UM to find if 10-1 FSU is for real

Revived 'Noles are test for Terps in ACC opener

December 28, 2003|By Gary Lambrecht | Gary Lambrecht,SUN STAFF

TALLAHASSEE, Fla. - The Maryland Terrapins generally have had their way when they play here, although the Terps are taking nothing for granted as they gear up for an unusual Atlantic Coast Conference men's basketball opener.

Judging by their 10-1 record, the Florida State Seminoles could be rounding into a potential ACC contender for a change.

The Seminoles, under second-year coach Leonard Hamilton, start three seniors and go 10 players deep. They have one of the league's most dynamic performers in senior shooting guard Tim Pickett, feature a much-hyped recruiting class led by freshman guard Von Wafer, and are playing the stingiest defense in the conference.

No. 24 Maryland (7-2) has its own obstacles to worry about, starting with the youngest roster in the league. The Terps also are playing in only their second contest in the past two weeks, having dispatched UNC-Greensboro easily five nights ago after a nine-day break for final exams.

The Terps have won the past six meetings at the Leon County Civic Center, most handily. But Maryland also features a group of freshmen who are about to discover the constant dangers lurking on the road in the ACC.

Sophomore forward Nik Caner-Medley knows. He was part of the Maryland team that barely escaped Tallahassee with a 74-72 victory last season, with a team that started five seniors. That win came against a Seminoles squad that limped home with a 14-15 record and missed the NCAA tournament for the fifth straight year.

"It's always tough on the road in the ACC. [Florida State] is a much-improved team," said Caner-Medley, who is averaging 17.0 points and 8.0 rebounds in his past three games.

"We've played in some big games and some overtime games. We've had some real good tests so far, and we've passed some of them. This is definitely another big test. That is a strange place to play."

In years past, the Terps typically have played in front of a half-empty house in the dimly lit, off-campus arena that houses the Seminoles. Because of the holiday break, it won't be surprising if the Maryland fans make their presence felt, since the Terps football team is preparing for Thursday's Gator Bowl in Jacksonville.

Maryland already has a good idea of how good it can be. The Terps have beaten two ranked teams in overtime, including then-No. 1 Florida on its home court. They have seen Caner-Medley, senior center Jamar Smith, sophomore guards John Gilchrist and Chris McCray and freshman guard D.J. Strawberry take turns in the spotlight.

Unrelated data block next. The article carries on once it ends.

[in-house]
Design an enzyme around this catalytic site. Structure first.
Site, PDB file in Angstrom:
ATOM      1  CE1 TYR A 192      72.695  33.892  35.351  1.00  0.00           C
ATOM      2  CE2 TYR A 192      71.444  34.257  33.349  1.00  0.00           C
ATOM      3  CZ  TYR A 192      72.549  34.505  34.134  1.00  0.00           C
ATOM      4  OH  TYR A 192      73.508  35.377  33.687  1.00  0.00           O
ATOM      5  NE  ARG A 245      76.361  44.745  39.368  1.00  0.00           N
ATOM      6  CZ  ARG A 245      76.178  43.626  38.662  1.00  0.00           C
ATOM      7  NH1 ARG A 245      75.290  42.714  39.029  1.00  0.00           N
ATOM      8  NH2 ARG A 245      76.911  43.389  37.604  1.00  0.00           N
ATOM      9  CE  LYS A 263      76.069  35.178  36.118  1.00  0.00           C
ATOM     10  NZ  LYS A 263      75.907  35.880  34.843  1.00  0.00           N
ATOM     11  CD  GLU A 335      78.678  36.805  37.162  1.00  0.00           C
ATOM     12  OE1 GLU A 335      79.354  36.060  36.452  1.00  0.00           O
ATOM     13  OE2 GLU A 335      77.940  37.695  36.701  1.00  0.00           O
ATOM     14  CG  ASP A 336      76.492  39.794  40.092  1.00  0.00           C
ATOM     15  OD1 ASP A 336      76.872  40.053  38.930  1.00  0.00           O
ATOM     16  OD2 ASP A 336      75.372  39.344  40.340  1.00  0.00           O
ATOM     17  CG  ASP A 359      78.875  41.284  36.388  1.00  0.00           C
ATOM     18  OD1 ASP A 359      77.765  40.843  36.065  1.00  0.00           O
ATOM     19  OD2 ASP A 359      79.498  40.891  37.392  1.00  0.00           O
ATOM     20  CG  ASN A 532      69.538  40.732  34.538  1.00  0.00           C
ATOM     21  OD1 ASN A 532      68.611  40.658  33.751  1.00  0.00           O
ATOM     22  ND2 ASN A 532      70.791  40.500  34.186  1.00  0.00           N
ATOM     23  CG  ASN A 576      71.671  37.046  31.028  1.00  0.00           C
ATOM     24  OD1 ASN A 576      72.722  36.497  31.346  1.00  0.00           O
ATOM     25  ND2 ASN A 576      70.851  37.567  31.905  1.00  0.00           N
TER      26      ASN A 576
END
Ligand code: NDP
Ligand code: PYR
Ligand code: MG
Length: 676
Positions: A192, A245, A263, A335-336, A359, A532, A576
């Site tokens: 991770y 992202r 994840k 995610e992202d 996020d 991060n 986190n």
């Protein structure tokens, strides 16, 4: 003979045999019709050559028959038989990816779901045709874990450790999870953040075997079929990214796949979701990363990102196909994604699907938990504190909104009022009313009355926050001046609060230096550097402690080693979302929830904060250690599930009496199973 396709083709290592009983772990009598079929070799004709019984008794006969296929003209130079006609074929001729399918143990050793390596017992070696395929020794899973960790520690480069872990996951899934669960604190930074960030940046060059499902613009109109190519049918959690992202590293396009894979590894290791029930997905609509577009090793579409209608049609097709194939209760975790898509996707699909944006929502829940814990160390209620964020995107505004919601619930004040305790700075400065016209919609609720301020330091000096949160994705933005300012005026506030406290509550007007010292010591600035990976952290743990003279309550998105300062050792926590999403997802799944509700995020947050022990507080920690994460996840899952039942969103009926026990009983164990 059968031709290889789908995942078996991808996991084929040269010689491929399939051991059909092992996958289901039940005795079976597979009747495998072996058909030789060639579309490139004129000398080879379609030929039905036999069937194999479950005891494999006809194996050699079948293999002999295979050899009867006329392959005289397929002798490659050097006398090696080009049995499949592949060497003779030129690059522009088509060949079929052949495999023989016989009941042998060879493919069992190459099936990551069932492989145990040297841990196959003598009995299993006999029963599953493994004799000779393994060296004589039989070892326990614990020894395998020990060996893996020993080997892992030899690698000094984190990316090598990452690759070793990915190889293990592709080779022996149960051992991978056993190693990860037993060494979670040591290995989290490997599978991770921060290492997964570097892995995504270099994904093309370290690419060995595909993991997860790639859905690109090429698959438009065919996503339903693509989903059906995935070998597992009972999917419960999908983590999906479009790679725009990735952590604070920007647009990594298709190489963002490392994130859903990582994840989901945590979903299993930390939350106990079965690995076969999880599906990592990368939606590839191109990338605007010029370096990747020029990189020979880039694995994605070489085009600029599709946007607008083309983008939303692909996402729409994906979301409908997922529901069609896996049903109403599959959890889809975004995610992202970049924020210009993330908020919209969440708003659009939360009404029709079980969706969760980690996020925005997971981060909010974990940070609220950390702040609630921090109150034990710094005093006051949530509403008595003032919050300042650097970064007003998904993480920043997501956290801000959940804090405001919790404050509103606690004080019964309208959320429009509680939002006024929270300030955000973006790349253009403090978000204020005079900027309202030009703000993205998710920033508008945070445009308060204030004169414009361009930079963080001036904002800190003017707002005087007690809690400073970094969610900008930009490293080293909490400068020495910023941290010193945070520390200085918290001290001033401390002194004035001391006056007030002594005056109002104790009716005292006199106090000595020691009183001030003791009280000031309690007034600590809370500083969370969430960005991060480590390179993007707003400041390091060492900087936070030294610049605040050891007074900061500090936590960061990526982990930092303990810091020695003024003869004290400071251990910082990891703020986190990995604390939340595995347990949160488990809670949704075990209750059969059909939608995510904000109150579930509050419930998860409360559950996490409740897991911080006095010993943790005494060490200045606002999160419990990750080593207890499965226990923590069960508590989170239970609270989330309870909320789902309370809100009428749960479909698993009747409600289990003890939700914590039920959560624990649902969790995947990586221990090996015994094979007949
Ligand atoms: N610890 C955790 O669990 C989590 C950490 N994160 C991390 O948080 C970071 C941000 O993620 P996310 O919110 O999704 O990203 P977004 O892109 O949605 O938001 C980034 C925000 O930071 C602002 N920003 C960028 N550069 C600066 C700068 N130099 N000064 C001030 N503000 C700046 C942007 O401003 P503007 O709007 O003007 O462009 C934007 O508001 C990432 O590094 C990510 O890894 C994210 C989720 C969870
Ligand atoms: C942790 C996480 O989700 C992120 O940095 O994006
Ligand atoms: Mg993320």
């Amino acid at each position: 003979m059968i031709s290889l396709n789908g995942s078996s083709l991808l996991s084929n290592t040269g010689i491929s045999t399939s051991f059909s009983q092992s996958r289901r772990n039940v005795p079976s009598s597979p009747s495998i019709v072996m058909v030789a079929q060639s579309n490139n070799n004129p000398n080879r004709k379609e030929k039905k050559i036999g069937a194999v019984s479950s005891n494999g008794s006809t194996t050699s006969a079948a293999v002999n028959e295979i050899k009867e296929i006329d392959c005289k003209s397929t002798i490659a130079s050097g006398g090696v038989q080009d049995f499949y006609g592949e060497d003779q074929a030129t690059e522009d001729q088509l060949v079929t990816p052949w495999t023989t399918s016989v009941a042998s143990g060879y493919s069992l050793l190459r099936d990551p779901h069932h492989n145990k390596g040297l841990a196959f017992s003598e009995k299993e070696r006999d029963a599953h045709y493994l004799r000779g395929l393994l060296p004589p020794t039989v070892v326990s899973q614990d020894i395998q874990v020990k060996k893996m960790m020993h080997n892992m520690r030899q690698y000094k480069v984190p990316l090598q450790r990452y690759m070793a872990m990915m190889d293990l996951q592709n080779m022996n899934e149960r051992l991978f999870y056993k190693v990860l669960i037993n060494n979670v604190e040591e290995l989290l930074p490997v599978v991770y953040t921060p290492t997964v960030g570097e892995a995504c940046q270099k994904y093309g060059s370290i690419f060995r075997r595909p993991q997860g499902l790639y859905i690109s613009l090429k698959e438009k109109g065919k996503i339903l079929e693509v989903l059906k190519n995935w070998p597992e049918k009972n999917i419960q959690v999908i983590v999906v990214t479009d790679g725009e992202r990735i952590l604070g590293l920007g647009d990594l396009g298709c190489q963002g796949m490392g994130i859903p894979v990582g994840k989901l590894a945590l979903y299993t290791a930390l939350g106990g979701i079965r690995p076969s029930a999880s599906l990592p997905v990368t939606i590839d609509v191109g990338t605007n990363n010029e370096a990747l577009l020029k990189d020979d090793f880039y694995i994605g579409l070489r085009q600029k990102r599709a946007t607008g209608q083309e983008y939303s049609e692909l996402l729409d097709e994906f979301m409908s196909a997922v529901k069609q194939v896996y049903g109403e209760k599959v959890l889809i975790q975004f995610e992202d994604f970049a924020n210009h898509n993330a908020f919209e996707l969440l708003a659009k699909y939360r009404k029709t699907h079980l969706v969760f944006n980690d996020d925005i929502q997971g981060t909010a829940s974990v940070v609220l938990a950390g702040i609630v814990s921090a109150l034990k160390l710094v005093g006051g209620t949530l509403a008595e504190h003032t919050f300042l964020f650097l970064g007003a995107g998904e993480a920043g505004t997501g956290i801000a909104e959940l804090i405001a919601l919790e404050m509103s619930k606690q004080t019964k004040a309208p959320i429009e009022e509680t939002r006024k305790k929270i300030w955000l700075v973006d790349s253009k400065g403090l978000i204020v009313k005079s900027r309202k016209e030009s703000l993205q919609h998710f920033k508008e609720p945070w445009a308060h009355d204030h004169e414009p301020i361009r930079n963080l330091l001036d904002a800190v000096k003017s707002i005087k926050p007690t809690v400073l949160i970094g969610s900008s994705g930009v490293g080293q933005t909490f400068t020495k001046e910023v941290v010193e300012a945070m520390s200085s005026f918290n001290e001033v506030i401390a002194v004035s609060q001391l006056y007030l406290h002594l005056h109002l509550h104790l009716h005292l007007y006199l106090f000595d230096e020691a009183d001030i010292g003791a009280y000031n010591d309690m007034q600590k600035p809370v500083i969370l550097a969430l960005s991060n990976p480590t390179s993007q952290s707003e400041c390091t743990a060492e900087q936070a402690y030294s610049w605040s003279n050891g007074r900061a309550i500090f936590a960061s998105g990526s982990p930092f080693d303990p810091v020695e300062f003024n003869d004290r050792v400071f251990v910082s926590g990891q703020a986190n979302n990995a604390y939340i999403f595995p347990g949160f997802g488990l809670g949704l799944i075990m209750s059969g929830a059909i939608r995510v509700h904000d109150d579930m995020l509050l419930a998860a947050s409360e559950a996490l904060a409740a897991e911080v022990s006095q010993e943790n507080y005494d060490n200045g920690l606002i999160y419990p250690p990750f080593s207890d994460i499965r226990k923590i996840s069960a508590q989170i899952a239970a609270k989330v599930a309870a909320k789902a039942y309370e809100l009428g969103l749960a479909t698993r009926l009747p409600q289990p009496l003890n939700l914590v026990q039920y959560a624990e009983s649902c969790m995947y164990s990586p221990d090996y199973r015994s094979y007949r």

How good is Florida State? Although the Seminoles became the first team in the nation to win 10 games, they hardly have inspired awe while beating the likes of Georgetown College, Nicholls State, Fairleigh Dickinson, South Carolina State, Wagner, Maine and Chicago State. And the Seminoles are coming off a 63-56 loss to No. 16 Pittsburgh on Monday, in their only test against a ranked opponent.

"Sometimes, [weak scheduling] works the other way. It can build the type of confidence you need," Maryland coach Gary Williams said. "[Florida State] has quietly become one of the more experienced teams in the league. They think they're good. Hopefully, we'll continue to play hard and play the way we've been playing."

Countering Florida State's tough defense and deliberate tempo figure to be keys to a Maryland victory. The Seminoles have allowed only 54.5 points per game (tops in the ACC) and 35.6 percent shooting (second).

Countering the Seminoles' guards and depth loom large as well. McCray, possibly Maryland's most improved player, will have his hands full defensively against the older Pickett, who leads Florida State in scoring (14.4 ppg) and steals (28) and is an improved shooter.

The point guard matchup also looks juicy. Gilchrist and Strawberry give Maryland a formidable one-two punch with their strength and quickness. Senior Nate Johnson and sophomore Todd Galloway have been superb for the Seminoles, teaming for 81 assists and 27 turnovers.

Look for Florida State to try to wear down Maryland in a physical, low-scoring affair that could come down to free-throw shooting - no strength of the Terps.

Ten Florida State players are averaging at least 10 minutes per game. Senior forward Michael Joiner and junior 6-foot-9 forward Anthony Richardson (11.3 ppg, 4.8 rpg) are getting strong assistance from 6-10 freshman Alexander Johnson, averaging 7.9 points in 17.7 minutes.

And the 6-5 Wafer, a McDonald's All-American, is already giving Pickett some rest by playing 19 minutes per game and averaging 8.7 points.

But how good is Florida State?

"We've been trying to compete against ourselves. The thing that hurt us is we played seven games in 15 days, and that took away some valuable practice time," Hamilton said.

"Our young kids have had their moments, and they've also displayed the fact that they're still freshmen getting used to college life. I'm not too philosophical about these games. Everybody is a barometer for us right now."

Terps today

Matchup: No. 24 Maryland (7-2) at Florida State (10-1)

Site: Leon Civic Center, Tallahassee, Fla.

Time: 5:30 p.m.

TV/Radio: Comcast SportsNet/WBAL (1090 AM)

Line: Florida State by 2 1/2

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